LANSING, Mich. (WZZM) -- It has been almost 12 months since he took the oath of office on the steps of the State Capitol, enough time for Michigan Governor Rick Snyder to decide he likes the job.
"It's a chance to make a difference," he says. "It's a challenging job. It's the opportunity of a lifetime to give back."
Reflecting on his first year in office, the governor says he has heard the criticism about his policies, but says he is not insulted.
"If you pick sides, I can have both sides yelling at me," he says with a laugh during an interview at his office in the Romney Building in Lansing. "I don't take it personally. I view it as part of democracy. I appreciate that people have different perspectives."
One of his most controversial moves was persuading the legislature to cut taxes for business and add taxes to the pensions of retirees. Some said it was taking from the poor and giving to the rich.
"Who got that tax cut?" responds the governor. "It was small and medium size business people, our friends and neighbors. And a number of them have added jobs. It's really about jobs and creating the environment for success."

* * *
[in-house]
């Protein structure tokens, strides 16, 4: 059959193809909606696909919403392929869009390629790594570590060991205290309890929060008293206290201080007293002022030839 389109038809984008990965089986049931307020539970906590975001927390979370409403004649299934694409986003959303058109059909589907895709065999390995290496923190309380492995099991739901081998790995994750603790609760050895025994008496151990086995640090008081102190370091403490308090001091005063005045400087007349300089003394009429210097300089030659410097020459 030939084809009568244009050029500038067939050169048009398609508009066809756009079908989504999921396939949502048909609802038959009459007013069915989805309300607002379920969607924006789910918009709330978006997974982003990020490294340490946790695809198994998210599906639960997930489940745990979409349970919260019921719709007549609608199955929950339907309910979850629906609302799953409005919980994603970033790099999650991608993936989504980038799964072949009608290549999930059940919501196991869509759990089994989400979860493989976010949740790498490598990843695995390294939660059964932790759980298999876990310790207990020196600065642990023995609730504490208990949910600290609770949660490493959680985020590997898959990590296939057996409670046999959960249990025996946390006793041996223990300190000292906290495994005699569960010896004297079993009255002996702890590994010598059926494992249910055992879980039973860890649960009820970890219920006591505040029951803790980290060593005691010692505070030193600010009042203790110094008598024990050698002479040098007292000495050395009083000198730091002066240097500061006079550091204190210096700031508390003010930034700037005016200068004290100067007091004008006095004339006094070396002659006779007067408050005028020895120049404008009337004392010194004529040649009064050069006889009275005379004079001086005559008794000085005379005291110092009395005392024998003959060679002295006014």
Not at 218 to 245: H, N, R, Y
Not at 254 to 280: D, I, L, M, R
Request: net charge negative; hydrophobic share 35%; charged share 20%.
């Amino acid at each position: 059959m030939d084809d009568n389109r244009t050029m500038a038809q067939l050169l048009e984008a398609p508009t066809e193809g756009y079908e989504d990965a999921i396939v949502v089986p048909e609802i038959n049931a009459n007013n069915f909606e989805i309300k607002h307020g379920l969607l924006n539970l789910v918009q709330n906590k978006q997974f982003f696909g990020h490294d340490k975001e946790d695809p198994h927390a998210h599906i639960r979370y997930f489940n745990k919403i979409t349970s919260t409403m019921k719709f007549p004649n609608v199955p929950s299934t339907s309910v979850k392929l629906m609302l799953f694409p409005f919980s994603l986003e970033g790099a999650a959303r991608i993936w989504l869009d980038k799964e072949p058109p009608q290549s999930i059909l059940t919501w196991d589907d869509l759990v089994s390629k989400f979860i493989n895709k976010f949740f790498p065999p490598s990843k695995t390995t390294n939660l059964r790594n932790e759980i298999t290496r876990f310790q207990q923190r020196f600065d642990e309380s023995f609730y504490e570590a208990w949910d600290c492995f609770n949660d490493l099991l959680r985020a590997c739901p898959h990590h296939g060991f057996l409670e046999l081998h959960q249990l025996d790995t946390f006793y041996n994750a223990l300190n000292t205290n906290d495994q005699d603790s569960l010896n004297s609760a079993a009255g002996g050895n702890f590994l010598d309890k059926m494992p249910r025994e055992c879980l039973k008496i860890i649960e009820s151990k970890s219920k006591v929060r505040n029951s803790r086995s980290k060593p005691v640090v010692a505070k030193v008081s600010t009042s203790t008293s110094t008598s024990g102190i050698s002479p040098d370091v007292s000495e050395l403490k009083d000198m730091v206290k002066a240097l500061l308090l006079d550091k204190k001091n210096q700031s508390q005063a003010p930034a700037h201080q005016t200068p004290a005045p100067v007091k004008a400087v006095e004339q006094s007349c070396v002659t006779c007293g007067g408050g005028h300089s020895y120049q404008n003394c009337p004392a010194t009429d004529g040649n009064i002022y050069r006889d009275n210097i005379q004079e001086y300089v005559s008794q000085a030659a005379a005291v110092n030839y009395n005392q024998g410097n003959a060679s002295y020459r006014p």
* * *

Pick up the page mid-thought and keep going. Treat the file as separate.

And, although unemployment is still high, Governor Snyder sees evidence his efforts to reinvent Michigan are working.
"One of the great illustrations is Bloomberg," he says. "They came out a little while ago showing Michigan was number two in economic health in terms of 'comeback' states. That's pretty positive news and I think our policies contributed to that."
The polls show the governor's popularity has fallen sharply since he took office. But he still has three years remaining in this term, and he expects to run for re-election in 2014.
"That's the intention," he confirms. "A ten-year plan -- two years running and eight years in office."